Q&A With PhD Student Darina Sarelska
After more than 15 years away, Dania Sarelska returned to Rocky Top in 2018 from her home country of Bulgaria to pursue a PhD in Communication and Information with an emphasis in Journalism and Electronic Media.
She was part of two Journalism and Electronic Media non-degree exchange programs in 2000 and 2003 while studying at Sofia University. Since graduating, she has been a news producer and director in Bulgaria.
What made you decide to pursue your PhD at UT?
I have a long-lasting relationship with UT dating two decades back. In 2000 and 2003 I was here on different non-degree exchange programs. As a young journalist in Bulgaria I was lucky to get the professional training with Dr. Sam Swan here in our School of Journalism and Electronic Media. He was my mentor throughout the years so when I made the decision to pursue a doctorate, UT came as the most natural of choices.
What has it been like juggling being a TA while attending graduate school full time? Do you have any time management tips?
It’s been challenging. I am not going to lie. But in my case, having had an active broadcast journalism career for 20 years taught me a lot about working around the clock and meeting impossible deadlines. With that experience under my belt, I felt more prepared for the workload of teaching, doing research and being a full-time student, while also being a full-time mom and my own person too, occasionally.
What has been your favorite part of your time at UT?
People. Of all things I’ve learned — and I did learn a whole lot — meeting some outstanding faculty and colleagues is by far the biggest benefit of my experience here. I’ve found friends that I am going to carry with me wherever I go from here. Another highlight was my fantastic cohort of brilliant young scholars. Also, getting to work with students, the future leaders of our industry, teaching and learning with them has been an inspiration.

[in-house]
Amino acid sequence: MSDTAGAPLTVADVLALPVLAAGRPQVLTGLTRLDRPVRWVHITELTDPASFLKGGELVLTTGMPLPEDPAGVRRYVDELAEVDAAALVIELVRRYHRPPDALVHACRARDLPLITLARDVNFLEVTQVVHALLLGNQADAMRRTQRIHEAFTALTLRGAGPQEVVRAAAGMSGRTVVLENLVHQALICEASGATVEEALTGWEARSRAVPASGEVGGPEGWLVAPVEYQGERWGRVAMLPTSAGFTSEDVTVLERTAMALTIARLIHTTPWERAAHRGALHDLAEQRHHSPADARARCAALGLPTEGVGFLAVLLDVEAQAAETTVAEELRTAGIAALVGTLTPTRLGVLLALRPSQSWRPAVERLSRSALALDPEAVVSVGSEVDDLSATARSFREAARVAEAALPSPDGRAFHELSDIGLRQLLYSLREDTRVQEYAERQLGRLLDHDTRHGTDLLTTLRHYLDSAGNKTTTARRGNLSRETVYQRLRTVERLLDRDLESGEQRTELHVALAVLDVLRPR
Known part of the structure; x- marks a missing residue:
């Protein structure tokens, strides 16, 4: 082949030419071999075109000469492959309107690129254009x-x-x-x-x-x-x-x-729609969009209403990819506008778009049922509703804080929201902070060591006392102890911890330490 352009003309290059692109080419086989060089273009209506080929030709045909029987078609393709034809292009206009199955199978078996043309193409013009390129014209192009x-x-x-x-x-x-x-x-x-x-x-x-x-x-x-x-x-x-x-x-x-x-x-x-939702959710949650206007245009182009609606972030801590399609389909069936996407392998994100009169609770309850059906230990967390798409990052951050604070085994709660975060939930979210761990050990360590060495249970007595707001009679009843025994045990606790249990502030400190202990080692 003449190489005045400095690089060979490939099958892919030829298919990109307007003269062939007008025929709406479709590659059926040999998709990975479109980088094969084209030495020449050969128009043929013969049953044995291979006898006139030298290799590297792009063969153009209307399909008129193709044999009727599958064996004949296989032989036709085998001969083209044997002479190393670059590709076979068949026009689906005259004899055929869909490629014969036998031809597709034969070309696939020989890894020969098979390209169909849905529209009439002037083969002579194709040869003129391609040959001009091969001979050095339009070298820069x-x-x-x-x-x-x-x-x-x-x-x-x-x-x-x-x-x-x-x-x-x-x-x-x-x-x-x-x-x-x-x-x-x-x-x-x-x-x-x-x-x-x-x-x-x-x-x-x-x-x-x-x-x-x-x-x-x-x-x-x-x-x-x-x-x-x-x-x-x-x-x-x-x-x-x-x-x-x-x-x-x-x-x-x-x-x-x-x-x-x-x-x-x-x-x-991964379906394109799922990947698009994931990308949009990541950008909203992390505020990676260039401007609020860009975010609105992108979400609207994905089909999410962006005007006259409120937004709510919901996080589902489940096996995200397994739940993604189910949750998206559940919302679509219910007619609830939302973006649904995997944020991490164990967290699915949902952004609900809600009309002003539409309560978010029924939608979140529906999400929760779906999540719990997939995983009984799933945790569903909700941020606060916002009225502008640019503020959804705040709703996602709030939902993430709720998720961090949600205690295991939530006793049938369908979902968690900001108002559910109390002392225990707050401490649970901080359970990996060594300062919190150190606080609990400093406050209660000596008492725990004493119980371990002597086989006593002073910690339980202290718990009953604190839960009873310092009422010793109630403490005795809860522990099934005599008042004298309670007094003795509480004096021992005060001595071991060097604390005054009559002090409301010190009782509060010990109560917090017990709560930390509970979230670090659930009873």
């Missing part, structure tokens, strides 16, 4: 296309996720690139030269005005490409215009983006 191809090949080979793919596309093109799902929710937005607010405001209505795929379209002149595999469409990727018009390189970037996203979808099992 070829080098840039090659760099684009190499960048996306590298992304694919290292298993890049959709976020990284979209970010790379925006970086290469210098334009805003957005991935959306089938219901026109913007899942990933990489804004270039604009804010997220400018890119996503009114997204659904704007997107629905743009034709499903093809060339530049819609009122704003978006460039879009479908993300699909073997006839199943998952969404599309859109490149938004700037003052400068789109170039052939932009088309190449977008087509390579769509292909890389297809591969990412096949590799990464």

What is it like to be in graduate school during a pandemic? Are your classes online?
This last year was one of those tests that life sometimes puts us through. This one obviously was a major one, for everyone. Luckily for me I was almost done with classes when it all started, last spring. The last two semesters I’ve mostly worked on my dissertation, which itself is a lonely endeavor. In a way, the lockdown almost came in support of my research effort, depriving me of all the social distractions from the “old times,” fewer dinners with friends, fewer field trips with the kiddos, fewer concerts and other events; more time for focusing on my work. So, I am not entirely unhappy about it. But, with my dissertation being in its finishing stages, I am ready to go back into the world.
Why did you choose to study Journalism?
It wasn’t really a choice. I’ve been a journalists ever since I left college some 20 plus years ago. That’s the only career I’ve ever known. And at some point when I decided I needed a change of direction I transitioned from doing to teaching journalism. That’s what brought me into this program.
What is it like being an international student?
Leaving abroad and expanding your perspective outside of the culture you’re born into is a life-changing experience. I am very happy I had the opportunity to do that yet again, this time with my family and my two young daughters. Just knowing that there’s more to the world than the tiny slice you inhabit- it changes who you are and how you think about everything, I believe. I had lived in the US before – for a year, and in Knoxville again. So, coming back here was like reconnecting to an old friend. One that you haven’t seen in a long time, but, when you do meet again, you keep the conversation going from where you left off. Like you never actually stopped. That’s how it felt with me and UT.
What are your plans for after graduation?
Plans? My main plan for the last year was to learn not to make plans. To let go of the control. In that I failed. So, my next big plan is spending the summer with my family and friends back home, in Bulgaria. I’ve planned for some beaches and mountains. In the fall, I will be back to teaching broadcast journalism, hopefully both here and in Europe.